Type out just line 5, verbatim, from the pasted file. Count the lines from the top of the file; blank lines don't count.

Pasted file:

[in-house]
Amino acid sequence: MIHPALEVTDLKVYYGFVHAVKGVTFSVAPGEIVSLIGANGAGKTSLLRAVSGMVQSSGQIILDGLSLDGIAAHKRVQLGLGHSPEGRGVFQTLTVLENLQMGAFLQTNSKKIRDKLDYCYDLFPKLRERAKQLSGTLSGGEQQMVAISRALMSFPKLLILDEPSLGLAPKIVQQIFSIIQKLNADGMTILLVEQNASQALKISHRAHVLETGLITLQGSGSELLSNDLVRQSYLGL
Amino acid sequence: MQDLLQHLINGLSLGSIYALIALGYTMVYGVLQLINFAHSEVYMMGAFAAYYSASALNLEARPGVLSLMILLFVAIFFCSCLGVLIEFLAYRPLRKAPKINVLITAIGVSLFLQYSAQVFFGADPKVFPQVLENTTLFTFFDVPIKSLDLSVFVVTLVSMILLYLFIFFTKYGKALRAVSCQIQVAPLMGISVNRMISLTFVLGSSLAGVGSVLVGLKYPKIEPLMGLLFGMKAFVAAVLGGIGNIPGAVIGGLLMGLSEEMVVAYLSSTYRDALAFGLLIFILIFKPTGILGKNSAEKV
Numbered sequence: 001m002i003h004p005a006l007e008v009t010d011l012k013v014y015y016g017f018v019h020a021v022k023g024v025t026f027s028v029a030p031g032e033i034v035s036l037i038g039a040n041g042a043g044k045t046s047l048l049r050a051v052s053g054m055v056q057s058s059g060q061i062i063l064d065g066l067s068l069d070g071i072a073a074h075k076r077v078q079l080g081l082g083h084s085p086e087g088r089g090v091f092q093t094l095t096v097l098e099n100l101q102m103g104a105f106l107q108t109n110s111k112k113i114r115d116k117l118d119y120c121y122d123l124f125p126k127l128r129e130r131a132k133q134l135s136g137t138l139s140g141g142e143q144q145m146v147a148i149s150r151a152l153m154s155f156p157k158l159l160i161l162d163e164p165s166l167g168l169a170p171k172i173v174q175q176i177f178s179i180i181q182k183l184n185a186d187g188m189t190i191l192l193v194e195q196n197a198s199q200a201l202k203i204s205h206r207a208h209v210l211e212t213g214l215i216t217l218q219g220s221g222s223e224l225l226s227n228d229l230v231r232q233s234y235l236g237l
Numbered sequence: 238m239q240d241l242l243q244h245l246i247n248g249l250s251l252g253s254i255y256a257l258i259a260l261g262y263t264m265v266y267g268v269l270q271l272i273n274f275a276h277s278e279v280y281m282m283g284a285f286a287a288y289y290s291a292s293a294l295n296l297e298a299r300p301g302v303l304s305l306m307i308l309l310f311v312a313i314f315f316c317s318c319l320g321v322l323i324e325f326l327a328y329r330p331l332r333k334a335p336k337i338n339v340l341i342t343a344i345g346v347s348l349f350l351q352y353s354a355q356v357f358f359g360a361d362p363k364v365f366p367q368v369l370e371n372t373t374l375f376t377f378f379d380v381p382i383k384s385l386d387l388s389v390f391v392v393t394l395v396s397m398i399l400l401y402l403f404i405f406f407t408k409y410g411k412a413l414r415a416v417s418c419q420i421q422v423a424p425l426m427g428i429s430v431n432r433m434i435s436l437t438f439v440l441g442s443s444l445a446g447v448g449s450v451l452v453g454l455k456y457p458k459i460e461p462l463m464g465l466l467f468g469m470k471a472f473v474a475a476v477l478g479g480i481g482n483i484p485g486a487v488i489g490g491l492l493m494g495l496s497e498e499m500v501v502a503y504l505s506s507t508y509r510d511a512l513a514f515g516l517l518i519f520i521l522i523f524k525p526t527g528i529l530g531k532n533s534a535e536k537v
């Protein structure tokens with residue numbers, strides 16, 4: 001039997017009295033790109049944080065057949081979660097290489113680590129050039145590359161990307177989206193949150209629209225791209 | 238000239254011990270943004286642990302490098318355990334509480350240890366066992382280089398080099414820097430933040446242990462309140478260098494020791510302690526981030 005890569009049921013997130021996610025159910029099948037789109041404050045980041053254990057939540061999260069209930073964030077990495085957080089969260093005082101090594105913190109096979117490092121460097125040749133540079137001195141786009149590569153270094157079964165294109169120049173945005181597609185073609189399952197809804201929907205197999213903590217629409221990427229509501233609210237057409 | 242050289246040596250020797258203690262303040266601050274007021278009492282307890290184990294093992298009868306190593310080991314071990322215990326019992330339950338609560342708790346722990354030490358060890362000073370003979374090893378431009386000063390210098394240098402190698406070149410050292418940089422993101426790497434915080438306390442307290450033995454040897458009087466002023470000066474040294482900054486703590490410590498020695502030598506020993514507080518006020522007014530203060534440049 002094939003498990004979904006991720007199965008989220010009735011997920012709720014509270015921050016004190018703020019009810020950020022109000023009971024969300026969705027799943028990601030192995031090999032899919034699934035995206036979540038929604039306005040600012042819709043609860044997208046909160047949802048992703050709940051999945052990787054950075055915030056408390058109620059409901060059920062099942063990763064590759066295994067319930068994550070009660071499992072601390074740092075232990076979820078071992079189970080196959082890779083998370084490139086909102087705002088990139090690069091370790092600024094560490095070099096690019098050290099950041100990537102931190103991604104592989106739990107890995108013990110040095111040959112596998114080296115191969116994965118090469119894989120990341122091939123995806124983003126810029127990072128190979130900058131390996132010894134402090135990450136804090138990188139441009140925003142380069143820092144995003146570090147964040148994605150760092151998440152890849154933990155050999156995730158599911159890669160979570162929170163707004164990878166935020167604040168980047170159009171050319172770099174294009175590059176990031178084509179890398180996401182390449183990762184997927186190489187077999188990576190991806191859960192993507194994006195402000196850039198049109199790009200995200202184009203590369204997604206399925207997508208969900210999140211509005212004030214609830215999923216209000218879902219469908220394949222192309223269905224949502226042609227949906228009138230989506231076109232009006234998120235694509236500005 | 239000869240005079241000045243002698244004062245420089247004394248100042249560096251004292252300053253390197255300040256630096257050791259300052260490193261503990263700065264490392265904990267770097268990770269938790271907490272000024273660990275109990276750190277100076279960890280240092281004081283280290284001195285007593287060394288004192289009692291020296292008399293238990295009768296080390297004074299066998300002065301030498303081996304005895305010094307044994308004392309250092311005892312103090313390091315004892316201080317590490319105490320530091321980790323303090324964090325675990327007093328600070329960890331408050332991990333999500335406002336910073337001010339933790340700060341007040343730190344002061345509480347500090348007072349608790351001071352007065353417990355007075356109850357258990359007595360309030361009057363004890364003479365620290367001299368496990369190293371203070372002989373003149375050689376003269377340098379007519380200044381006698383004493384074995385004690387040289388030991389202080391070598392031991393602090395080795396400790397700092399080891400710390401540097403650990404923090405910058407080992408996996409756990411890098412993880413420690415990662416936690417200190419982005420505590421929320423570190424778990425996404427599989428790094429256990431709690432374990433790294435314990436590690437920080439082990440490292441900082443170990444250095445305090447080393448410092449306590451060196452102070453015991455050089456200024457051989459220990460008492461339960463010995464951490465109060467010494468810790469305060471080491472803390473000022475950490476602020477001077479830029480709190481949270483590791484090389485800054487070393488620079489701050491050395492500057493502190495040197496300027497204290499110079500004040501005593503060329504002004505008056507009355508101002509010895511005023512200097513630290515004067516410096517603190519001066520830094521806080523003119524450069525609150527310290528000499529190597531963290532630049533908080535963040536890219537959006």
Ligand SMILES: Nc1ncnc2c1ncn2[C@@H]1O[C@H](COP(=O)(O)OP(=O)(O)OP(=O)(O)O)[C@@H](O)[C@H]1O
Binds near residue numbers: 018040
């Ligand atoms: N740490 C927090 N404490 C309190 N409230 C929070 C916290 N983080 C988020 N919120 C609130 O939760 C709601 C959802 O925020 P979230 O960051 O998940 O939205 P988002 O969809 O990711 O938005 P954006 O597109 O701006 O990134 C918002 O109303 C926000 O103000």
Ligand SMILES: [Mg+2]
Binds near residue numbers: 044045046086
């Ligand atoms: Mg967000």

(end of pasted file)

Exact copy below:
Numbered sequence: 238m239q240d241l242l243q244h245l246i247n248g249l250s251l252g253s254i255y256a257l258i259a260l261g262y263t264m265v266y267g268v269l270q271l272i273n274f275a276h277s278e279v280y281m282m283g284a285f286a287a288y289y290s291a292s293a294l295n296l297e298a299r300p301g302v303l304s305l306m307i308l309l310f311v312a313i314f315f316c317s318c319l320g321v322l323i324e325f326l327a328y329r330p331l332r333k334a335p336k337i338n339v340l341i342t343a344i345g346v347s348l349f350l351q352y353s354a355q356v357f358f359g360a361d362p363k364v365f366p367q368v369l370e371n372t373t374l375f376t377f378f379d380v381p382i383k384s385l386d387l388s389v390f391v392v393t394l395v396s397m398i399l400l401y402l403f404i405f406f407t408k409y410g411k412a413l414r415a416v417s418c419q420i421q422v423a424p425l426m427g428i429s430v431n432r433m434i435s436l437t438f439v440l441g442s443s444l445a446g447v448g449s450v451l452v453g454l455k456y457p458k459i460e461p462l463m464g465l466l467f468g469m470k471a472f473v474a475a476v477l478g479g480i481g482n483i484p485g486a487v488i489g490g491l492l493m494g495l496s497e498e499m500v501v502a503y504l505s506s507t508y509r510d511a512l513a514f515g516l517l518i519f520i521l522i523f524k525p526t527g528i529l530g531k532n533s534a535e536k537v